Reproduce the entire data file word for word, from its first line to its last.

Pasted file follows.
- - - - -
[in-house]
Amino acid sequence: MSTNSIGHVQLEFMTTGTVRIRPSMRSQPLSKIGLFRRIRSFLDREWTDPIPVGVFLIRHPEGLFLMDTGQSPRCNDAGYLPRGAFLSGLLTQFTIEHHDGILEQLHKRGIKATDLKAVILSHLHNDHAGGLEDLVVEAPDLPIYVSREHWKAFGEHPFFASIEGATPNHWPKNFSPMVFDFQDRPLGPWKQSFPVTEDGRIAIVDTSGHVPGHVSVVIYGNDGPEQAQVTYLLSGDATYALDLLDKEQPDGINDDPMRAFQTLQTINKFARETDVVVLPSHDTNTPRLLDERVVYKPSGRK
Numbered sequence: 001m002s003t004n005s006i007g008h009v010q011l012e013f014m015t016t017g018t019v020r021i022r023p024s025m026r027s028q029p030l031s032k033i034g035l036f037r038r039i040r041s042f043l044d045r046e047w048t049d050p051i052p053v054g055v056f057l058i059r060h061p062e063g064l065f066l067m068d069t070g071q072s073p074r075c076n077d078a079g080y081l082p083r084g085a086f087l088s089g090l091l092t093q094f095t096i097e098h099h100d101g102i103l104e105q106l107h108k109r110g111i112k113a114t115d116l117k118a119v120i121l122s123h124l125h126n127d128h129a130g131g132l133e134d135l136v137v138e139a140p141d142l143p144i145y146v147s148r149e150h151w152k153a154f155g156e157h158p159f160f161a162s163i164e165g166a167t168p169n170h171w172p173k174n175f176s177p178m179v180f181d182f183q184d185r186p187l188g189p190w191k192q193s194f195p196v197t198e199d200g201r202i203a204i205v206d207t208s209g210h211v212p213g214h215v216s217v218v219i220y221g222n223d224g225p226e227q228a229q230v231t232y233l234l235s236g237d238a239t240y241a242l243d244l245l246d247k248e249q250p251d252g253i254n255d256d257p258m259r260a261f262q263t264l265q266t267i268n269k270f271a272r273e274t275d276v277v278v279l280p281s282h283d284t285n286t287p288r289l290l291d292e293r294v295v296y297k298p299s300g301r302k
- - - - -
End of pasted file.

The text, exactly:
[in-house]
Amino acid sequence: MSTNSIGHVQLEFMTTGTVRIRPSMRSQPLSKIGLFRRIRSFLDREWTDPIPVGVFLIRHPEGLFLMDTGQSPRCNDAGYLPRGAFLSGLLTQFTIEHHDGILEQLHKRGIKATDLKAVILSHLHNDHAGGLEDLVVEAPDLPIYVSREHWKAFGEHPFFASIEGATPNHWPKNFSPMVFDFQDRPLGPWKQSFPVTEDGRIAIVDTSGHVPGHVSVVIYGNDGPEQAQVTYLLSGDATYALDLLDKEQPDGINDDPMRAFQTLQTINKFARETDVVVLPSHDTNTPRLLDERVVYKPSGRK
Numbered sequence: 001m002s003t004n005s006i007g008h009v010q011l012e013f014m015t016t017g018t019v020r021i022r023p024s025m026r027s028q029p030l031s032k033i034g035l036f037r038r039i040r041s042f043l044d045r046e047w048t049d050p051i052p053v054g055v056f057l058i059r060h061p062e063g064l065f066l067m068d069t070g071q072s073p074r075c076n077d078a079g080y081l082p083r084g085a086f087l088s089g090l091l092t093q094f095t096i097e098h099h100d101g102i103l104e105q106l107h108k109r110g111i112k113a114t115d116l117k118a119v120i121l122s123h124l125h126n127d128h129a130g131g132l133e134d135l136v137v138e139a140p141d142l143p144i145y146v147s148r149e150h151w152k153a154f155g156e157h158p159f160f161a162s163i164e165g166a167t168p169n170h171w172p173k174n175f176s177p178m179v180f181d182f183q184d185r186p187l188g189p190w191k192q193s194f195p196v197t198e199d200g201r202i203a204i205v206d207t208s209g210h211v212p213g214h215v216s217v218v219i220y221g222n223d224g225p226e227q228a229q230v231t232y233l234l235s236g237d238a239t240y241a242l243d244l245l246d247k248e249q250p251d252g253i254n255d256d257p258m259r260a261f262q263t264l265q266t267i268n269k270f271a272r273e274t275d276v277v278v279l280p281s282h283d284t285n286t287p288r289l290l291d292e293r294v295v296y297k298p299s300g301r302k